Bleeding after birth, also known as postpartum haemorrhage, is the most common reason why mothers die in childbirth worldwide. Although most healthy women can cope well with some bleeding at childbirth, others do not, and this can pose a serious risk to their health and even life. To reduce excessive bleeding at childbirth, the routine administration of a uterotonic drug called Oxytocin which contracts the uterus has become standard practice across the world.
In this study, researchers from the Cochrane Pregnancy and Childbirth Group have reviewed the data of the births of 88,000 women who took part in 140 randomised trials, with the aim of identifying which uterotonics (including oxytocin, as well as misoprostol, ergometrine, carbetocin or combinations of these) are most effective in preventing excessive bleeding after childbirth and have the least side-effects.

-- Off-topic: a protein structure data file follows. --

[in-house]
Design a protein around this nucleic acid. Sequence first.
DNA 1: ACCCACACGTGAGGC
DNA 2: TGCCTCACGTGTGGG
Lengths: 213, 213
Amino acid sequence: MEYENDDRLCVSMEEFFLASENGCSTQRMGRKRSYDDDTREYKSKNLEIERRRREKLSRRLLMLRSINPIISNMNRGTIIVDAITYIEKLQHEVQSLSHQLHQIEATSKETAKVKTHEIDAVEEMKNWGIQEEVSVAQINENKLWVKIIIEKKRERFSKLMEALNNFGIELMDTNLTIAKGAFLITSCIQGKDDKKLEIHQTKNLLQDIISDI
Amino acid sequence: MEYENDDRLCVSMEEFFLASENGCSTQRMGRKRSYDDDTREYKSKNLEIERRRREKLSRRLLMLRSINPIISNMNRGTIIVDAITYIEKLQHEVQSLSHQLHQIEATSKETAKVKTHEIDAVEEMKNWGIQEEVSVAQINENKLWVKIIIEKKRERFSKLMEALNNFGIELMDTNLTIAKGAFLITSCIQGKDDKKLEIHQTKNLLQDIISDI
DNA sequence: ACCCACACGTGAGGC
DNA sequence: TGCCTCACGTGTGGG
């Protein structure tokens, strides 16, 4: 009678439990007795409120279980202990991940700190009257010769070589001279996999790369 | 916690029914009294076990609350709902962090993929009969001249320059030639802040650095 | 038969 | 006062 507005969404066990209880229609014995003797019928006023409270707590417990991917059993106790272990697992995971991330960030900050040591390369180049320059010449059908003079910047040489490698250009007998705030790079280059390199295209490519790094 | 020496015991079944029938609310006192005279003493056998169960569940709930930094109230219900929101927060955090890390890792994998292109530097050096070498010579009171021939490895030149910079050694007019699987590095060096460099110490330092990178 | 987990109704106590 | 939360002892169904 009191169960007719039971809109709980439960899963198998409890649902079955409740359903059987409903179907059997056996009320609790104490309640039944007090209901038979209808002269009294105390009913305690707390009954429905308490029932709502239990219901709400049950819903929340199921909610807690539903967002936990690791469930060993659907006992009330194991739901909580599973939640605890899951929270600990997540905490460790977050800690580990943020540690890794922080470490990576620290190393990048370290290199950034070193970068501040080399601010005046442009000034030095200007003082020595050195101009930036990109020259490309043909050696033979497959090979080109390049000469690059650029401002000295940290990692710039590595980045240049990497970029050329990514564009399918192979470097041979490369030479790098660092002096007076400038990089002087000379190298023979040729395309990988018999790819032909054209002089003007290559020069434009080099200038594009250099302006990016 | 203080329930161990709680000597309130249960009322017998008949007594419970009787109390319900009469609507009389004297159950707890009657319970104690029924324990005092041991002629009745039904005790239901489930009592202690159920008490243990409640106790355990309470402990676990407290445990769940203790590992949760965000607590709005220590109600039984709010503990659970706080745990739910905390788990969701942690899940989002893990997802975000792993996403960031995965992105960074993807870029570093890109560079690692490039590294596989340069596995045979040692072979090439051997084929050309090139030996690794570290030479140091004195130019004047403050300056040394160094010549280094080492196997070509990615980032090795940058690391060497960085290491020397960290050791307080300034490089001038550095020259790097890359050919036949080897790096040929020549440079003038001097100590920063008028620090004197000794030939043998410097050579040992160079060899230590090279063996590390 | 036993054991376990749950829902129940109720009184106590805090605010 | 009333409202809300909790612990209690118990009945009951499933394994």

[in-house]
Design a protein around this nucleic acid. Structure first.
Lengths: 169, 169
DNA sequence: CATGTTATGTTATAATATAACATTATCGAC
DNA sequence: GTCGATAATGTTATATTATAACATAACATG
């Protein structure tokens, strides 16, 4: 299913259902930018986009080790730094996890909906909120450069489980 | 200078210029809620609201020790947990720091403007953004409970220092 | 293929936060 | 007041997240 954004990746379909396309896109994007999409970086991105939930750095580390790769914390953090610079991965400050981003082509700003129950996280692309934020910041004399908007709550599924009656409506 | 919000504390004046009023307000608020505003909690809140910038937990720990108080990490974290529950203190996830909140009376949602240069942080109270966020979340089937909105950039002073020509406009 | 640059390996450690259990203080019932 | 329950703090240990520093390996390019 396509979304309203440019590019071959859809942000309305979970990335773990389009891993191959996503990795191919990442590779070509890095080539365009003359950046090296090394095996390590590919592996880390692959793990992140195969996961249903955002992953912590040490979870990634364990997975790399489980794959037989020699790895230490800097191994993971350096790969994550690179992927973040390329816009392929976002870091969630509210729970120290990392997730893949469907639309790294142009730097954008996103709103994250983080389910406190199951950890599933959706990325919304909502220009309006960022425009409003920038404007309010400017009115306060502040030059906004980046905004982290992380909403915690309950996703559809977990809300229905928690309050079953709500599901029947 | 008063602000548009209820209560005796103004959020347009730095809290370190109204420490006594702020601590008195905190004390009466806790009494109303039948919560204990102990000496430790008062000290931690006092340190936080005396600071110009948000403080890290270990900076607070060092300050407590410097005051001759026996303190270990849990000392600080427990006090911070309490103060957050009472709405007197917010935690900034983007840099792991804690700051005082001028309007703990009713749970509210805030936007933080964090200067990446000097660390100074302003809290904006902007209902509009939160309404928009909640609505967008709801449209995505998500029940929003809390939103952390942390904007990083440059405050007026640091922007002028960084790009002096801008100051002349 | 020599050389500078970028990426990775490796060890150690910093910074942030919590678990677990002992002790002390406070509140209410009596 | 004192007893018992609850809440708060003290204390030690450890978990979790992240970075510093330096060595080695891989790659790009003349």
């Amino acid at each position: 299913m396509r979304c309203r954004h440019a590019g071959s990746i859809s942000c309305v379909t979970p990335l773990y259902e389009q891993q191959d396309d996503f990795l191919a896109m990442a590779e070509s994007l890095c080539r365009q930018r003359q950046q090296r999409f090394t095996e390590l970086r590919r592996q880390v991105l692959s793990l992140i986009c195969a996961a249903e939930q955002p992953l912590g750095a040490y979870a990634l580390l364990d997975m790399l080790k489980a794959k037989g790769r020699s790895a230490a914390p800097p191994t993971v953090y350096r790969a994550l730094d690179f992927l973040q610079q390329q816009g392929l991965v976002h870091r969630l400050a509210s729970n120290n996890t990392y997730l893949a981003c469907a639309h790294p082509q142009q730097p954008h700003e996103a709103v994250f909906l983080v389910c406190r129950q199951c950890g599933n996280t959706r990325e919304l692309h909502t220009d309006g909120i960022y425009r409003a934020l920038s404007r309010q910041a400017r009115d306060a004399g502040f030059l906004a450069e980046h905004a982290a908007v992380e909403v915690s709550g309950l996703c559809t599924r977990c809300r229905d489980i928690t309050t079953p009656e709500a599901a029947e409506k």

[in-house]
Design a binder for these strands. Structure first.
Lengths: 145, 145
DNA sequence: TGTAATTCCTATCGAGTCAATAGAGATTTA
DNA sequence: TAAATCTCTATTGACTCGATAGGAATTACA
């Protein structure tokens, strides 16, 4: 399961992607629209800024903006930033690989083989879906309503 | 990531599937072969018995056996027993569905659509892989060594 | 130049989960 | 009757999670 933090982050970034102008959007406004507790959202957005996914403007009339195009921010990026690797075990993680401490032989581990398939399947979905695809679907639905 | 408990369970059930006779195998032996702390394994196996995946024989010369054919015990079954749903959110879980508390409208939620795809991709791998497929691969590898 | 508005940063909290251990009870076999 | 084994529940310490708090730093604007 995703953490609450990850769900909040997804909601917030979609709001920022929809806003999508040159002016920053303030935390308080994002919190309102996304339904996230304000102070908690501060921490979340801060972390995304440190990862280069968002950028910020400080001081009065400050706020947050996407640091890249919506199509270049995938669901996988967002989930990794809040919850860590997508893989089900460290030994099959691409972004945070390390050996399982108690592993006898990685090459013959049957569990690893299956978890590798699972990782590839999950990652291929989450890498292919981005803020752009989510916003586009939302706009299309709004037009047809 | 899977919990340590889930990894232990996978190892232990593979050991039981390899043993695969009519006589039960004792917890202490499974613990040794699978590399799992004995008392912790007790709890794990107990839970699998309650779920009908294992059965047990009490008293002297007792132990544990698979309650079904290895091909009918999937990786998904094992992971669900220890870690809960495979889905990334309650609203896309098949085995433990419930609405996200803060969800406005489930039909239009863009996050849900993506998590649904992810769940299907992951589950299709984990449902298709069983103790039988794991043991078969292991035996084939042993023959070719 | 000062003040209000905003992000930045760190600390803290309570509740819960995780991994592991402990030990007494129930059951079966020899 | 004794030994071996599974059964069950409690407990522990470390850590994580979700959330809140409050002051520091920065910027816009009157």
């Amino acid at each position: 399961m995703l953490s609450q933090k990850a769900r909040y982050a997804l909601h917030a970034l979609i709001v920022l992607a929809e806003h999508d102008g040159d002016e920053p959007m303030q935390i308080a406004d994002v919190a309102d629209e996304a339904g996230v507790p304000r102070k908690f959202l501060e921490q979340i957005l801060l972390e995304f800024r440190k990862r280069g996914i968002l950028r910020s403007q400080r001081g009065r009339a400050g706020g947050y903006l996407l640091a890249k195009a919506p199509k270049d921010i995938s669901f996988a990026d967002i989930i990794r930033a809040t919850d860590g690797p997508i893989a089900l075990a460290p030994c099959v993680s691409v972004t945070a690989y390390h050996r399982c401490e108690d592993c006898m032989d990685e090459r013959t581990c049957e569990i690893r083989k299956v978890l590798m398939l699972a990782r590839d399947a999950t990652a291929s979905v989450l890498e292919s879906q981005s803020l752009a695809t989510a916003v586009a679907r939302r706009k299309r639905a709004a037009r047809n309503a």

Cochrane - Review - Drugs - Bleeding - Childbirth
The Cochrane Review found that ergometrine plus oxytocin; misoprostol plus oxytocin; and carbetocin on its own, were more effective drugs for reducing excessive bleeding at childbirth rather than the current standard use of oxytocin on its own.
The team analysed all the available evidence to compare all of the drugs and calculated a ranking among them, providing robust effectiveness and side-effect profiles for each drug. Side-effects can include vomiting, high blood pressure and fever.
University - Birmingham - Clinician - Scientist - Dr
University of Birmingham Clinician Scientist Dr Ioannis Gallos, of the Cochrane Pregnancy and Childbirth Group and Review Author, said: "Whilst death from postpartum haemorrhage is a...
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